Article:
So I apologise that this review is a week too late...

But I still need to write about the vegetarian Christmas Menu at Herbivore Kitchen in Edinburgh because it was just that good. Even if the ship has sailed on the festive dinner menu, I still highly recommend heading there for food at another time of year (I know I will be).

Honestly, it's been a while since I headed through to Edinburgh for some vegan food. So I'm not as up-to-date as I could be on where to eat in the capital. Thankfully the lovely Charlene was on the ball and went out of her way to organise a meet-up for some of the vegans she regularly speaks to online. 

And she made an excellent choice on venue as the food was delicious. It was a 3-course menu of £25 with three choices for each course. The menu also marks out what is vegetarian, vegan, wheat-free and contains nuts.

For starters I chose the Roast Butternut Round, Sweet Potato Gnocchi, and Sage Cashew Cream. This was by far my favourite part of the night. This was the first time that I have eaten gnocchi made from something that wasn't wheat, and I realise I've been missing out. But I've never made a secret of my love for butternut squash and cashew cream - which was the perfect accompaniment.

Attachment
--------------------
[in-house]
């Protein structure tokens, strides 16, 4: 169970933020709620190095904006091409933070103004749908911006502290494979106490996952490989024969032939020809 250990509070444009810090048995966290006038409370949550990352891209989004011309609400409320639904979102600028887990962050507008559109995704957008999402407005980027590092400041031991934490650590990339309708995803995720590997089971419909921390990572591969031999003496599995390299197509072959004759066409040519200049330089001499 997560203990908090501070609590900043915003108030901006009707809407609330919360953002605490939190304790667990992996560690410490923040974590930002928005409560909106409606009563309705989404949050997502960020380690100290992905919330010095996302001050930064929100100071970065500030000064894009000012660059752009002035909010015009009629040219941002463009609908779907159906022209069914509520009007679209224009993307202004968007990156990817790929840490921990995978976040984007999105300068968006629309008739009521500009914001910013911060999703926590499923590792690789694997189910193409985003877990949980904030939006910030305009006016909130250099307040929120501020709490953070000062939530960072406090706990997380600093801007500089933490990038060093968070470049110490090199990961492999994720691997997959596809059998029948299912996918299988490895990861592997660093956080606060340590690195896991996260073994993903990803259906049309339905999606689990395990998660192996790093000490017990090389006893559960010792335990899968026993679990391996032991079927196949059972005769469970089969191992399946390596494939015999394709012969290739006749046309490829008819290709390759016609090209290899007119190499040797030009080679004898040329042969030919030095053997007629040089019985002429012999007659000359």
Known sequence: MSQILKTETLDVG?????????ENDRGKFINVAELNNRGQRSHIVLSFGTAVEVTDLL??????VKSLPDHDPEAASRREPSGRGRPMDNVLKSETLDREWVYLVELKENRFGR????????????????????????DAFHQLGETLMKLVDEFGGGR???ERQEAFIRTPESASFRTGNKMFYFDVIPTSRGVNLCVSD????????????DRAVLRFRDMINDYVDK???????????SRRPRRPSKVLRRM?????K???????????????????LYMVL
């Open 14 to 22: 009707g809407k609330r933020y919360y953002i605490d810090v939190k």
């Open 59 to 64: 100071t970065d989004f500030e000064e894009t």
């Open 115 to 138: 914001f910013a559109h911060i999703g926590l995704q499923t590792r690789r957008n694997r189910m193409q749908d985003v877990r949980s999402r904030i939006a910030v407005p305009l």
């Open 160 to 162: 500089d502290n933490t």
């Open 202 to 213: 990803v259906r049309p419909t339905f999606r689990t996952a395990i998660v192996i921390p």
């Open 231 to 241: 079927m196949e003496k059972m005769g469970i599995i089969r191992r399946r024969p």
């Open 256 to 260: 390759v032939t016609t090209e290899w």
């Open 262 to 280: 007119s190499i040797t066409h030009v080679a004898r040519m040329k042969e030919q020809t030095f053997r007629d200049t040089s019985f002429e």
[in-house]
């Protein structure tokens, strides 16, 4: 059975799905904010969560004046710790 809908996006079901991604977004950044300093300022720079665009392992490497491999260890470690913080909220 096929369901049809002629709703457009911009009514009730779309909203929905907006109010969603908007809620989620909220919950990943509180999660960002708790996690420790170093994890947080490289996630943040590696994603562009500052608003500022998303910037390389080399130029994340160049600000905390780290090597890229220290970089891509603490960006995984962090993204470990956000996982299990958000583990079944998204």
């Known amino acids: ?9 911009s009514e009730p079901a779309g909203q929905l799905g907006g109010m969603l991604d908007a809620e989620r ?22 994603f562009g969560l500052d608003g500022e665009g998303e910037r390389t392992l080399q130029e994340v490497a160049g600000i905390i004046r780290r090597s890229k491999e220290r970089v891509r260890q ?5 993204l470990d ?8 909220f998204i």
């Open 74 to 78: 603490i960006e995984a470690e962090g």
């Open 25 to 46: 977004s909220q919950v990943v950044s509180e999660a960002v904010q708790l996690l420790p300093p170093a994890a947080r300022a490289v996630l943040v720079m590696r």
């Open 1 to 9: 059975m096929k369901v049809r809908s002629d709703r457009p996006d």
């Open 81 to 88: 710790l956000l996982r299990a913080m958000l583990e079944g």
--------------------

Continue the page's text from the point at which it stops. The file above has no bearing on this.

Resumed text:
For starters, I choose the Sgaia Bacon Nut Roast with Fondant Potato, Baby Carrots, and Red Wine Jus. I'm not entirely sure why I chose this as I'm not a fan of typical Christmas food (including nut roast) and wish I had went for the Crisp Polenta, Stuffed Portobello Mushroom and Black Peppercorn Sauce (we ordered in advance). I did enjoy it, but it was probably my least favourite course, and the portion size did feel small for a main course.

Then for dessert I opted for the Arctic Roll. I'm not normally a dessert person but this was the course where I had to spend a bit of time pondering. The other choices were between a Chocolate Pudding Baked Cheesecake, and Sticky Toffee Ginger & Cinnamon Pudding. Even when the desserts were served, my mouth was watering at the other options. But the Arctic Roll was delightful; with vegan cake circling vegan ice-cream with a chocolate orange flavour.

Herbivore Kitchen is now closed for the Christmas holidays and will re-open on the 29th of December. While the Christmas menu is no more I can definitely see myself returning in the new year to try something from their regular menu (the Lemon Lentil Daal, Roasted Butternut Squash, Coriander Tofu, Spring Onions and Pickled Mooli sounds amazing!).

Herbivore Kitchen

Were you lucky enough to try the Herbivore Kitchen Christmas menu? Let me know what you think. 

morag | mo adore
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10 reasons why dating apps are not the death of romance (or society)

It's probably not surprising that, as a single woman in the 21st Century who owns a smartphone and enjoys social media, that I have dabbled in the world of dating apps.